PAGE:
Vice President of AfDB Steve Kayizzi-Mugerwa, said at a symposium in Kigali that the factors not only lead to diversion of resources, but also the energies of institutions and their staff.
Kayizzi-Mugerwa said some of the African governments failed to translate their development agenda into action because the public sector tends to become captive and serve individuals and not the population.
He said there was the need to honour the late Ethiopian Prime Minister Meles Zenawi, especially for leaving a great legacy for Africa and other developing countries.
“His conceptualisation of a developmental state to describe the institutional and socioeconomic frameworks that would sustain development without stifling political participation is outstanding,” he said.
Kayizzi-Mugerwa said any poor and resource-challenged country could embark on sustainable growth and development if led by dutiful and committed leaders.
“African countries have indeed made progress in political and economic terms, with considerable variance in-between.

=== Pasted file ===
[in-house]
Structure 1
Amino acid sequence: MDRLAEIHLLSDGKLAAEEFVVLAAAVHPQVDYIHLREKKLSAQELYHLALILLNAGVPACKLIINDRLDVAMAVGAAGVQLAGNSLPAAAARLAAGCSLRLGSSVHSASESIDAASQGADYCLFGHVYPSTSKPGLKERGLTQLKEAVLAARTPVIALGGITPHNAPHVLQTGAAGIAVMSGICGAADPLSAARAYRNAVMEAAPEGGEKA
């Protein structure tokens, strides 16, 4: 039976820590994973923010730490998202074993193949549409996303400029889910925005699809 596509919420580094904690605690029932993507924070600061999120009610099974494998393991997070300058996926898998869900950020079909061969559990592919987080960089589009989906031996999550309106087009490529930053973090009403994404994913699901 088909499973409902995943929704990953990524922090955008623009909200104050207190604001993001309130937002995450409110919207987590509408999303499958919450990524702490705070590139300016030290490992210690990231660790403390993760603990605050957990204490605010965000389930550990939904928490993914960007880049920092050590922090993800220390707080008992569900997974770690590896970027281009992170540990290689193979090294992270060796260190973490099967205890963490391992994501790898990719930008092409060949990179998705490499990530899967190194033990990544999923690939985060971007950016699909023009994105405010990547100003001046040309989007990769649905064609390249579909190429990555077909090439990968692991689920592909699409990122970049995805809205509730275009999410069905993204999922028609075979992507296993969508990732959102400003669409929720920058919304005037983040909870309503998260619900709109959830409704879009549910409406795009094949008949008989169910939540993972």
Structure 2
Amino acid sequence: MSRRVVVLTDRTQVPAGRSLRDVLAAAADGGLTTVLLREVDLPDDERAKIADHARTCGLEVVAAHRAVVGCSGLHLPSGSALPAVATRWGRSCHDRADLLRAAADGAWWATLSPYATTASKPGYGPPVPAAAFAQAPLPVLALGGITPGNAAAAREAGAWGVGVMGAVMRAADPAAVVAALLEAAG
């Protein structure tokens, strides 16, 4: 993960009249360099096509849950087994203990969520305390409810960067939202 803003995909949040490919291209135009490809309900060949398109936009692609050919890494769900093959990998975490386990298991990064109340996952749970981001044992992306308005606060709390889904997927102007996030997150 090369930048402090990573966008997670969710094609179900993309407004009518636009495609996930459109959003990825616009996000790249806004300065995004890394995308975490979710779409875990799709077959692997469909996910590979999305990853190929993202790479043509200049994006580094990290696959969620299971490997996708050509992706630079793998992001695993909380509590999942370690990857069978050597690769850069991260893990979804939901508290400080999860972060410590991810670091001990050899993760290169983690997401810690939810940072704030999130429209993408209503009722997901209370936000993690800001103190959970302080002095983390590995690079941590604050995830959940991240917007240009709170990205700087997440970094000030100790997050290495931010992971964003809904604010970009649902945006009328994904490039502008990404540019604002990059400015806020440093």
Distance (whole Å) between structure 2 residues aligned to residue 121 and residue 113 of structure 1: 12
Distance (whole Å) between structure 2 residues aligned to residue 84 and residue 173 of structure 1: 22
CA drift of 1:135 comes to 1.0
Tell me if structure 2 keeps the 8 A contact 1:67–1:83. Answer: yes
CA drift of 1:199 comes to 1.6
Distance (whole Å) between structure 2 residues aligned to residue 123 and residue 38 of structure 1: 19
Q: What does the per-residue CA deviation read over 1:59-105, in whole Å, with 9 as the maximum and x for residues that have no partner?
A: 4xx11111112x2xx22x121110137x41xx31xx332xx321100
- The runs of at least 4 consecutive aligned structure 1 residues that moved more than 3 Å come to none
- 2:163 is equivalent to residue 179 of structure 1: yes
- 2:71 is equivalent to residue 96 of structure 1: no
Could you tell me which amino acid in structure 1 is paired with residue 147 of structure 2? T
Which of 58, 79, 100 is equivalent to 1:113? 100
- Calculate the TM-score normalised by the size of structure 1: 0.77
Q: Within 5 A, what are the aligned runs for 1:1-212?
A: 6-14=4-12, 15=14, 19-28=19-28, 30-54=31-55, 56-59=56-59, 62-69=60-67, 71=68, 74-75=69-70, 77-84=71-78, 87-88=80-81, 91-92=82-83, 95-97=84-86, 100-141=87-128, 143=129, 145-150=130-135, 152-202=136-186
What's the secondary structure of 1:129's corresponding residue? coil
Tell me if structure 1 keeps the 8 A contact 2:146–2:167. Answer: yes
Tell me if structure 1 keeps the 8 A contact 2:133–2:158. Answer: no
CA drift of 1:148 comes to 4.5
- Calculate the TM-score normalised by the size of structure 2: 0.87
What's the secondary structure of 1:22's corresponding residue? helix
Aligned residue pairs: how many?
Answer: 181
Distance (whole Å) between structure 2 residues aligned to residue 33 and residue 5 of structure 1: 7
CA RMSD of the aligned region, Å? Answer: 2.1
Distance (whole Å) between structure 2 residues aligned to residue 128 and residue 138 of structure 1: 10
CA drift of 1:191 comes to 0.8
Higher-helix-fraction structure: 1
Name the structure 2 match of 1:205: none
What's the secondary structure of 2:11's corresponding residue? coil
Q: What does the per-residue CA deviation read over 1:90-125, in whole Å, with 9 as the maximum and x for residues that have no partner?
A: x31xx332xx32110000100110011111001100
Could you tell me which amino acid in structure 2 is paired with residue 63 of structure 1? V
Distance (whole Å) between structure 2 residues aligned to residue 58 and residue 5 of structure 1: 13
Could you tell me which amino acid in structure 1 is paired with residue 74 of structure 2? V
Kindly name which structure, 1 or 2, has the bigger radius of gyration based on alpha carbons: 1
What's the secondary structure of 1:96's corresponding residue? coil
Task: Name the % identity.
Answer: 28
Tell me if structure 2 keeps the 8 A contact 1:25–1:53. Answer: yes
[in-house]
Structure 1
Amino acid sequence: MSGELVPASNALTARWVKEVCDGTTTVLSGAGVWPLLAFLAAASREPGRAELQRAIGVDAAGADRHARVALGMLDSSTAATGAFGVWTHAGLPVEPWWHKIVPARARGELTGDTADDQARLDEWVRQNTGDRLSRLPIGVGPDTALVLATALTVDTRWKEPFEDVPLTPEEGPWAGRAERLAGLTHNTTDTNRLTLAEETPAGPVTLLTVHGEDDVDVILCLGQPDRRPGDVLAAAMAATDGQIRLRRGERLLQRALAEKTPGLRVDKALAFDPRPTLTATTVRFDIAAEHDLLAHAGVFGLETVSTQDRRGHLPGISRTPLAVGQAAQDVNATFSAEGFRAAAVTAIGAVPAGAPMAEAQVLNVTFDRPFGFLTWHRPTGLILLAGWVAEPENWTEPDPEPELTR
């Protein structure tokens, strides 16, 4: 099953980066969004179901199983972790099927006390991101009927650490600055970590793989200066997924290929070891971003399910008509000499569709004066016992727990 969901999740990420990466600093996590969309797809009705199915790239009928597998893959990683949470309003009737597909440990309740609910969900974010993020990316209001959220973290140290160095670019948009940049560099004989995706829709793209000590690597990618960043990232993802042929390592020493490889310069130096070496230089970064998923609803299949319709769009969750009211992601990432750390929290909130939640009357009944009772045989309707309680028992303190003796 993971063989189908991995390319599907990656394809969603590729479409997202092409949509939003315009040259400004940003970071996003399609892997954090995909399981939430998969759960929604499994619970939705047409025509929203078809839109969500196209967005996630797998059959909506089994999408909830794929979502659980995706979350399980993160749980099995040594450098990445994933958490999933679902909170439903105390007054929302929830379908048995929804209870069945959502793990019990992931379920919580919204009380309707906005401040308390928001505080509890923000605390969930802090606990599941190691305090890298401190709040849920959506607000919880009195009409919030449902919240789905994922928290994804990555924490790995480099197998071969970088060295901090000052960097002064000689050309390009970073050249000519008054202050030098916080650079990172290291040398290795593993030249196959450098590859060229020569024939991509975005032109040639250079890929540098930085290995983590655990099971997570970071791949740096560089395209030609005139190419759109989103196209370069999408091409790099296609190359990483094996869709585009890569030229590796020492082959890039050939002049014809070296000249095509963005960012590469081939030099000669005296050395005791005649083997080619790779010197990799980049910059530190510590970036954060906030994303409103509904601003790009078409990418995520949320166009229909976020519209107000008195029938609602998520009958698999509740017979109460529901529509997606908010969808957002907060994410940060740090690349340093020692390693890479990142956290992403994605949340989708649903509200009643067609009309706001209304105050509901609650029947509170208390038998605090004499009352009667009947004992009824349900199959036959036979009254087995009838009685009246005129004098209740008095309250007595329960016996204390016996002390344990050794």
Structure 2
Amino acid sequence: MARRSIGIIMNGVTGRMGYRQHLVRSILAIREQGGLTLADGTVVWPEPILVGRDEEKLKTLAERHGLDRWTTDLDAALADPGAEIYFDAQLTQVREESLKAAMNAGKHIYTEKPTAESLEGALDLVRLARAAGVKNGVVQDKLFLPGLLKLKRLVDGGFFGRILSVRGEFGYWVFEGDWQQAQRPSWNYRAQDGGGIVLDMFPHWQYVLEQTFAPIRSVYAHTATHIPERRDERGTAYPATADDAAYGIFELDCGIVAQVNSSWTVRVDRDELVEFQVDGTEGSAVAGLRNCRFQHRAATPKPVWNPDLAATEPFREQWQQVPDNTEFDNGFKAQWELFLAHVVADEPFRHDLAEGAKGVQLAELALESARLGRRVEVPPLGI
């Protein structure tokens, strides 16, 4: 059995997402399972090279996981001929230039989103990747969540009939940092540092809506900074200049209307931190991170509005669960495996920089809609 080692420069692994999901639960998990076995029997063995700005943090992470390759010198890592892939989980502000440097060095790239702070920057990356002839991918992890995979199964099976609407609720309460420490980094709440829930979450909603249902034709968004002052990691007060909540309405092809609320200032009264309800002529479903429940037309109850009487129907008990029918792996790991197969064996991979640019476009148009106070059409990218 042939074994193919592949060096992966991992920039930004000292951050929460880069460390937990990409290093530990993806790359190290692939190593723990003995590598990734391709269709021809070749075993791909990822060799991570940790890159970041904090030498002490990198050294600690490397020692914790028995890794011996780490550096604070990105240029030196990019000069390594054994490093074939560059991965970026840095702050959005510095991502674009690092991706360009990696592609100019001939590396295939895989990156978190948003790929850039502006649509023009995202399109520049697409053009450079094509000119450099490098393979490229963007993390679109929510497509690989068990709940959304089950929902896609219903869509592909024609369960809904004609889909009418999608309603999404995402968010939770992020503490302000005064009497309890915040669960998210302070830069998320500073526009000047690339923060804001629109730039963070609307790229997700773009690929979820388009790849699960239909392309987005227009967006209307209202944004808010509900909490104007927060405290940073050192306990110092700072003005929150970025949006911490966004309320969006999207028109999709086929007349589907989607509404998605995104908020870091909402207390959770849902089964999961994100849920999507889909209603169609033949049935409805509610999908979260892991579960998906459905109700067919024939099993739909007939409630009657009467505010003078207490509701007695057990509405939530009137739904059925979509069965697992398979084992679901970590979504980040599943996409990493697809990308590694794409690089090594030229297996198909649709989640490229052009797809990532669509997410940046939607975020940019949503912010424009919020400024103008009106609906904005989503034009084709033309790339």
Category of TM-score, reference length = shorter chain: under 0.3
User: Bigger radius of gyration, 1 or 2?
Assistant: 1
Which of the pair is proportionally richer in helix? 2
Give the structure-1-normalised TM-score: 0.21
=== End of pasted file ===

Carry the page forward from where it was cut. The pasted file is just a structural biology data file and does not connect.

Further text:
“Achieving the lofty ambitions of the ‘democratic developmental state’ will take time, but many African countries see them as worth pursuing,” he said.
Kayizzi-Mugerwa said with the adoption of the 2063 template by the African Union, which emphasises the same views on the developmental state, the continent was serious about pursuing sustainable development.
“There has been no shortage of development ideas or templates in Africa since independence in the early 1960s.
“Africa’s development path is, however, full of failed policy initiatives, thus making implementation always the issue,” he said.
He said African countries must seek to address ‘implementation deficit’ at all levels of government before they made progress in their developmental efforts.
To him, the biggest risk was that many African governments are unable to implement their own policies, owing, often, to domestic opposition from powerful groups.